There are issues aplenty in Peoria. Where will money come from? What services may have to be cut? Where will the museum be? What will Main Street look like? The list goes on.
Yet it would be dangerous to lose sight of a most important issue facing the city at this point: the selection of the new city manager. And central to that is the role that person—and the city council—will have in addressing the multitude of issues.
Replacing someone with the professionalism, accountability, and accessibility Michael McKnight brought to the office is a daunting task. He has deftly steered this city through not just seven years of change, but seven years of progress.
So the city begins the search for a person of innovation—a self-starting professional with a proven track record. Peorians should have every expectation of attracting the best person available.
At the same time, it’s important to do some self-examination and envision how that best possible person would look upon Peoria as the best possible position.
Certainly, he or she would be impressed by the city’s own definition as “a thriving, active and expanding community with people and opportunities that make living and working in Peoria very rewarding. It offers residents many amenities of larger cities without the negative aspects of city living.”
Attractive as that is, the candidate’s main concern will be the role of the city council vis-a-vis the city manager:
- Does the council recognize—and accept—its role as the policy-setting-head of the city?
- Will all members of the city council allow the manager the necessary freedom to administer the day-to-day operation of the city?
After that, the candidate will examine what’s happening in the city:
- A council-appointed task force is looking into the delivery of city services. This very detailed look into city operations will “suggest” changes that the council will “approve” and the city manager will “implement.” Not only may a candidate see this as an unsettled situation, he or she may question why the task force isn’t “suggesting” to the manager instead of the council.
- Various city department heads will retire soon. A good candidate will look upon this as an opportunity to forge his or her own team—to interview and select replacements who will see themselves as contributing members of the city manager’s team. A good candidate will want assurances of that loyalty from both replacements and the council.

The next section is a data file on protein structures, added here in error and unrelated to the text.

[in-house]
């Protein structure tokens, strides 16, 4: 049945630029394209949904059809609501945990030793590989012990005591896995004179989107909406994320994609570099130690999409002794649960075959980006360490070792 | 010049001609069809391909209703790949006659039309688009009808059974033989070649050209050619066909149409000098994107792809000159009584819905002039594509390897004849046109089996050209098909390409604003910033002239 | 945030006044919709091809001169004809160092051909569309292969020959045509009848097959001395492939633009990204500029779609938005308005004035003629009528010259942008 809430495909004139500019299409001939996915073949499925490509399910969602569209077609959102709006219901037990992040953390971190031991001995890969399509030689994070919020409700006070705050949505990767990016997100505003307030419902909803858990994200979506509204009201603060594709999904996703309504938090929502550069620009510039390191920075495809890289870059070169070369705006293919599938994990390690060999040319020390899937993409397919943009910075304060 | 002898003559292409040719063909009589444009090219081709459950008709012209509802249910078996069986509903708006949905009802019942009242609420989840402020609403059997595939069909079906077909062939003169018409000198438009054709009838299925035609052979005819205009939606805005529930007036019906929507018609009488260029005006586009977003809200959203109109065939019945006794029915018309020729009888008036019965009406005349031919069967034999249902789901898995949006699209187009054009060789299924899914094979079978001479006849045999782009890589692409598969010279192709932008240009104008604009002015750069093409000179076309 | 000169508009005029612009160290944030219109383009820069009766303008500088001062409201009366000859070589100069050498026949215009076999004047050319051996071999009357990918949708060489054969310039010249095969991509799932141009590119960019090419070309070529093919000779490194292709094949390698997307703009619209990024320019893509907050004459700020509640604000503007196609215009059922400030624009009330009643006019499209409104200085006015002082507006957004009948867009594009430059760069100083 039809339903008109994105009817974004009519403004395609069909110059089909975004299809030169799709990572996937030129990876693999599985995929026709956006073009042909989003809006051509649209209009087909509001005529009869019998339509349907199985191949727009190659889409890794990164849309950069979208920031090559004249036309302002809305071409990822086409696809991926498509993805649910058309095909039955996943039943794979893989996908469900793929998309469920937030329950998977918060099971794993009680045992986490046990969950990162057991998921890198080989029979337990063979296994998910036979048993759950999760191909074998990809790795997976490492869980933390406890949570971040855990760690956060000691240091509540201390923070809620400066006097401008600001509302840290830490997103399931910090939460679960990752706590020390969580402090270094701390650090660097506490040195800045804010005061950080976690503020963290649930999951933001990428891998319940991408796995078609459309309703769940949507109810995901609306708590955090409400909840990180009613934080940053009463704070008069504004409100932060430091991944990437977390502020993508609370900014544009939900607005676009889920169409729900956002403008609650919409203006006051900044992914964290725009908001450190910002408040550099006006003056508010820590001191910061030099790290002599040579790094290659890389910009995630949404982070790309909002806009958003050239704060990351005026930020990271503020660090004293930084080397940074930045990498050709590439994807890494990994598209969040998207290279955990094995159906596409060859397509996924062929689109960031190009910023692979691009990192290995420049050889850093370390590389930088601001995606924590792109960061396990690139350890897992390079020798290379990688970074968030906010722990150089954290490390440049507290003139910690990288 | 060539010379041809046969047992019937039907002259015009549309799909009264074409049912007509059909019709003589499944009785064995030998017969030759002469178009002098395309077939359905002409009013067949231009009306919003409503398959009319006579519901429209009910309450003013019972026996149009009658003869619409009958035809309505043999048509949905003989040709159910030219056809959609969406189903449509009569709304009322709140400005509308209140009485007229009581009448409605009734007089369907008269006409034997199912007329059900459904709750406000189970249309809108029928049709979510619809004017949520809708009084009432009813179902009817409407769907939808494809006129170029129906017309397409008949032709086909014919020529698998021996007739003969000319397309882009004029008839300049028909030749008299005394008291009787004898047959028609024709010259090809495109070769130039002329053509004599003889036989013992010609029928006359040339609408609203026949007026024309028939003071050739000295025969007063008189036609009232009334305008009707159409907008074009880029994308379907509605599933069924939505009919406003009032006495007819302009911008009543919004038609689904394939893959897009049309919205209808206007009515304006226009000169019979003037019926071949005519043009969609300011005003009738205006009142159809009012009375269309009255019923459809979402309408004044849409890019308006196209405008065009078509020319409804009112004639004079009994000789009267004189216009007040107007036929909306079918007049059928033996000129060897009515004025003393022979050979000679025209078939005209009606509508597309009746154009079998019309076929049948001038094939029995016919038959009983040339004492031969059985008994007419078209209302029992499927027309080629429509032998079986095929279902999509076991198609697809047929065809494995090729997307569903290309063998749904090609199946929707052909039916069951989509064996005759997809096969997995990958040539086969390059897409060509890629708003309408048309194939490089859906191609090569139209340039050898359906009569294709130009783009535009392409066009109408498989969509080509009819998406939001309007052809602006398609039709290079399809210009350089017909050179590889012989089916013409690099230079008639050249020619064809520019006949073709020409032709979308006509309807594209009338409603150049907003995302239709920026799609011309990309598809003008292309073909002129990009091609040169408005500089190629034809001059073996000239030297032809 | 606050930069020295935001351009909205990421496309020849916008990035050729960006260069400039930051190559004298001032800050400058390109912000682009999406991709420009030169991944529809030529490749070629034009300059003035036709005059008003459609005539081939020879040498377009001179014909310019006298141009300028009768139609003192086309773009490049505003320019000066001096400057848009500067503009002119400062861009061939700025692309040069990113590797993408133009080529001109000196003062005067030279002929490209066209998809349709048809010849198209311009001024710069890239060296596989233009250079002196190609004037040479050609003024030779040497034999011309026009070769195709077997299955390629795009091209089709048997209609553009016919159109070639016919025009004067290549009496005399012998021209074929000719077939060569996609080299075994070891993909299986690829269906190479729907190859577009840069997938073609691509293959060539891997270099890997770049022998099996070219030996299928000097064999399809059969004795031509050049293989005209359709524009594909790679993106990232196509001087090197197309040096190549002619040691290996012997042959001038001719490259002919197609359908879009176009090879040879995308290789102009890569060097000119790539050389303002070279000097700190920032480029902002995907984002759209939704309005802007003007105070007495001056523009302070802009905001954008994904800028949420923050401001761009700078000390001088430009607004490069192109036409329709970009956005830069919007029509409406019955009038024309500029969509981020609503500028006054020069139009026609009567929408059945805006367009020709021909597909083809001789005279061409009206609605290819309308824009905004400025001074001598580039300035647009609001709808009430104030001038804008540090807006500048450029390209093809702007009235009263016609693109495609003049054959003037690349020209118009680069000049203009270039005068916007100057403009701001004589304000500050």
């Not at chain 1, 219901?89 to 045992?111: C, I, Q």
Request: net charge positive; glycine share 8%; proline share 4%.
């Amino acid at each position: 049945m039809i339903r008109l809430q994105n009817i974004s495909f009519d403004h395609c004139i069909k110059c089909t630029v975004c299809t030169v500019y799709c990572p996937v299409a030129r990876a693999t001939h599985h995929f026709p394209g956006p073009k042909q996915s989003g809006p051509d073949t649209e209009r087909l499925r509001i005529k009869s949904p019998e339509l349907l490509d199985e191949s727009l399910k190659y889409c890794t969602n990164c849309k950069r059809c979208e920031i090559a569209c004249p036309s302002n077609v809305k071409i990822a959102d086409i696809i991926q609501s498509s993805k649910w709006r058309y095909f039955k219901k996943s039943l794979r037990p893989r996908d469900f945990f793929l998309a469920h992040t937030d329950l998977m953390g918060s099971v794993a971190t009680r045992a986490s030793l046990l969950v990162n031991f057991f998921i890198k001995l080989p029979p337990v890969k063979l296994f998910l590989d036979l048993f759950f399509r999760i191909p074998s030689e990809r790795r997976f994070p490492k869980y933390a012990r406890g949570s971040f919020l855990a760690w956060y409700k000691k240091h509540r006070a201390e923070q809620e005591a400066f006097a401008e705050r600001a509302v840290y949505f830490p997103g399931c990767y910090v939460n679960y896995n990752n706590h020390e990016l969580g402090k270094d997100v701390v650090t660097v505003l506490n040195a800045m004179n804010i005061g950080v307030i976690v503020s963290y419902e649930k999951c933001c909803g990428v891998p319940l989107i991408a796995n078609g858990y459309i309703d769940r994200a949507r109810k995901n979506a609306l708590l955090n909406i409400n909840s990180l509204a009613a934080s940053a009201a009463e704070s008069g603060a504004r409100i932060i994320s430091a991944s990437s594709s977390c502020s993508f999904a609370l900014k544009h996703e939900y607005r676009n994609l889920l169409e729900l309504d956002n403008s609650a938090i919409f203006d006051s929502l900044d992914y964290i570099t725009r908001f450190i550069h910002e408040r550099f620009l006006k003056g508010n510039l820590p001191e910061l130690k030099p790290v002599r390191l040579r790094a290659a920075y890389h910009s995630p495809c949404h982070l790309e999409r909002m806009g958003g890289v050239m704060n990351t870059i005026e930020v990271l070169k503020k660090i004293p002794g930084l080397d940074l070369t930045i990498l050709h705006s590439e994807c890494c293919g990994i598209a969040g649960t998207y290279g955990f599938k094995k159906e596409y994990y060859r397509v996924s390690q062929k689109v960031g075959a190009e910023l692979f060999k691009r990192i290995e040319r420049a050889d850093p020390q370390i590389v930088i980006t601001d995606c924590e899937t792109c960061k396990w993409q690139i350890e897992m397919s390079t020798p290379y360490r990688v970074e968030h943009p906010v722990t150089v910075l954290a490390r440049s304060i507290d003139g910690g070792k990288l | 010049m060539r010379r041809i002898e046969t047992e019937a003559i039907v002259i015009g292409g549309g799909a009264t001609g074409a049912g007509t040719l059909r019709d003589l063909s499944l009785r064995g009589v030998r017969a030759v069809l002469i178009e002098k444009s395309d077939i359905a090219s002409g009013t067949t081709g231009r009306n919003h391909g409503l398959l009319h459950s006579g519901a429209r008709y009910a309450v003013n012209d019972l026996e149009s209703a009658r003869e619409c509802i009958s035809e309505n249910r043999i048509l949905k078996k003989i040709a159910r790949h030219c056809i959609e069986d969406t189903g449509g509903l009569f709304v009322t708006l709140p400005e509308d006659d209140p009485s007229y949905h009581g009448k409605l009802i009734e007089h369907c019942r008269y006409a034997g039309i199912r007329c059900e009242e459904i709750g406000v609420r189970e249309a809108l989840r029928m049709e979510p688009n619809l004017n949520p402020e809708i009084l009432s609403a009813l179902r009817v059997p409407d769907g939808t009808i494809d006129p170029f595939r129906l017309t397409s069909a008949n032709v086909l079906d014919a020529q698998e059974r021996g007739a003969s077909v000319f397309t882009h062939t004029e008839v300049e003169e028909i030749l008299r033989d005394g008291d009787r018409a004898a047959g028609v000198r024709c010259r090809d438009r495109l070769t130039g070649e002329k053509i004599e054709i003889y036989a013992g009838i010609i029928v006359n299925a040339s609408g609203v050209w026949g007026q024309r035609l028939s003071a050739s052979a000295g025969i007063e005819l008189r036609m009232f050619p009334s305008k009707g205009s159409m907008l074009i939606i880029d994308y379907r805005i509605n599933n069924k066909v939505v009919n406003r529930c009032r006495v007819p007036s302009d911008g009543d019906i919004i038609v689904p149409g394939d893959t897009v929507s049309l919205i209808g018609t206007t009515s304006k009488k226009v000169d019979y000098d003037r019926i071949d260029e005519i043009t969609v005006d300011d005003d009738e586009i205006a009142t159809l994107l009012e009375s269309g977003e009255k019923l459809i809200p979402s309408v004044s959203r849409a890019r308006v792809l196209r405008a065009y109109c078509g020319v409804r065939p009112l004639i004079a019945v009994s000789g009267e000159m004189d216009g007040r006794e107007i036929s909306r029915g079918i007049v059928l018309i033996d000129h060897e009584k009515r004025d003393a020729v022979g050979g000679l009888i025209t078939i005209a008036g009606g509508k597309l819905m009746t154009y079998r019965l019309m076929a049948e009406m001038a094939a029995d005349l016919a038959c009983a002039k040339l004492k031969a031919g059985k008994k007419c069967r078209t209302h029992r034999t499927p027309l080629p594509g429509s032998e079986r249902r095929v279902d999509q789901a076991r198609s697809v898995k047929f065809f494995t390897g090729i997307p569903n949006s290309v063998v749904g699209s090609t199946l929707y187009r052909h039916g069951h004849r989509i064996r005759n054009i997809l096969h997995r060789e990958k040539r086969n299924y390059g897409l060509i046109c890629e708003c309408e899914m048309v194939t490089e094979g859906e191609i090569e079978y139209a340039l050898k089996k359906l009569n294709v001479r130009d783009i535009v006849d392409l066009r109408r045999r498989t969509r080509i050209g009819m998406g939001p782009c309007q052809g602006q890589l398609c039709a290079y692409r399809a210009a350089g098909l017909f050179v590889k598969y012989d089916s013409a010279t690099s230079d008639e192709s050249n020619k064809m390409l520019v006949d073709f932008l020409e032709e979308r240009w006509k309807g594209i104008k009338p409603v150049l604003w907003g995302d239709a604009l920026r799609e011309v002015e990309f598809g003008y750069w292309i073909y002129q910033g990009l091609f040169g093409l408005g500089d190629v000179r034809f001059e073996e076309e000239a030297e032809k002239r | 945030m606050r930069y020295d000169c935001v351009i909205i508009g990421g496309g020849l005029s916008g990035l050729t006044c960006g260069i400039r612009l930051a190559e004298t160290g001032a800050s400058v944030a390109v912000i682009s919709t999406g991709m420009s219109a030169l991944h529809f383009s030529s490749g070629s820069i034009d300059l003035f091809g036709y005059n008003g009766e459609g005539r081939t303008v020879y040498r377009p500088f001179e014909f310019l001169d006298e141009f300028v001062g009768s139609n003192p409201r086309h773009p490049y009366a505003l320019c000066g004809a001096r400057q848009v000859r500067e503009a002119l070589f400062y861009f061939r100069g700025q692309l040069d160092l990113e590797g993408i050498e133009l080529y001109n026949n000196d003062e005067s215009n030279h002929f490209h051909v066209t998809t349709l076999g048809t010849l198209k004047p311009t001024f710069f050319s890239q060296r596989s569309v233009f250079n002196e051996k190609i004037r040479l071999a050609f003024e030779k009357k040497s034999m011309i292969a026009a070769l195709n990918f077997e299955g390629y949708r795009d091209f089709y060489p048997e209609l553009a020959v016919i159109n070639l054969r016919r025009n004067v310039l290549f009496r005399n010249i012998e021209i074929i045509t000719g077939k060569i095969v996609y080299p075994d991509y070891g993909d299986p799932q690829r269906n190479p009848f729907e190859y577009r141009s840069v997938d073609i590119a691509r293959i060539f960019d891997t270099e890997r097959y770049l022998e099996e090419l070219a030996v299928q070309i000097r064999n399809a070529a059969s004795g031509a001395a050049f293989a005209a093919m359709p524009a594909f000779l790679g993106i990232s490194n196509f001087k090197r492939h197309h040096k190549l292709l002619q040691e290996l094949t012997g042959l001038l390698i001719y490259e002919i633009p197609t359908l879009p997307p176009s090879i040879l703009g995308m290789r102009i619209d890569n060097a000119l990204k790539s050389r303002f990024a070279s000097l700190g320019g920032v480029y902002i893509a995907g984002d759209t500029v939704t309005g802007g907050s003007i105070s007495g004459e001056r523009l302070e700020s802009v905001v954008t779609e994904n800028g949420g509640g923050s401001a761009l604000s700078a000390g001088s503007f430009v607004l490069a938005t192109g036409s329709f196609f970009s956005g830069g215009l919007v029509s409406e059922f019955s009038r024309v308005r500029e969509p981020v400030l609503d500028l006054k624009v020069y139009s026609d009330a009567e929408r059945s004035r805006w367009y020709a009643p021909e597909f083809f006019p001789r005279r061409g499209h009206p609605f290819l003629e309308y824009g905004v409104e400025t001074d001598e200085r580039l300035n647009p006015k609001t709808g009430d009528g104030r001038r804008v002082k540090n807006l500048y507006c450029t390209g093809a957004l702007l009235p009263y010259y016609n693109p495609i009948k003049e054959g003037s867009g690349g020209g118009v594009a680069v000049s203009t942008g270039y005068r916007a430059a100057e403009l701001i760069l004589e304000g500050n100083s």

It can be easy to take for granted anything that works well. And make no mistake about it, the council-manager form of government has served Peoria well. Progress—often hard earned—is a direct result of the professional management city managers have brought us. And that progress is a result of the forward-looking policies that have come from the city councils over those years.
This is hectic time in Peoria’s history. Nothing wrong with that—except that such times often overshadow the need to occasionally reflect on what we have and see where we’re heading. Few times in a city’s history demand that reflection more than the times when it selects a new city manager.
Sacramento, Calif., defines the implementation of the council-manager form of government as: “The City Manager is appointed by the City Council on the basis of executive and administrative qualifications and serves at the pleasure of the City Council. The City Manager is responsible for the effective administration of the city government much like a CEO is responsible for a corporation. Among his many duties is to administer and exercise supervision and control over all offices, departments and services under his or her jurisdiction; to make recommendations to the Mayor and City Council as he deems appropriate concerning the operation, affairs and future needs of the city; to participate in all City Council meetings without the right to vote; and to keep the City Council advised on the operation, finances and needs of the city.”
Worth reflection. IBI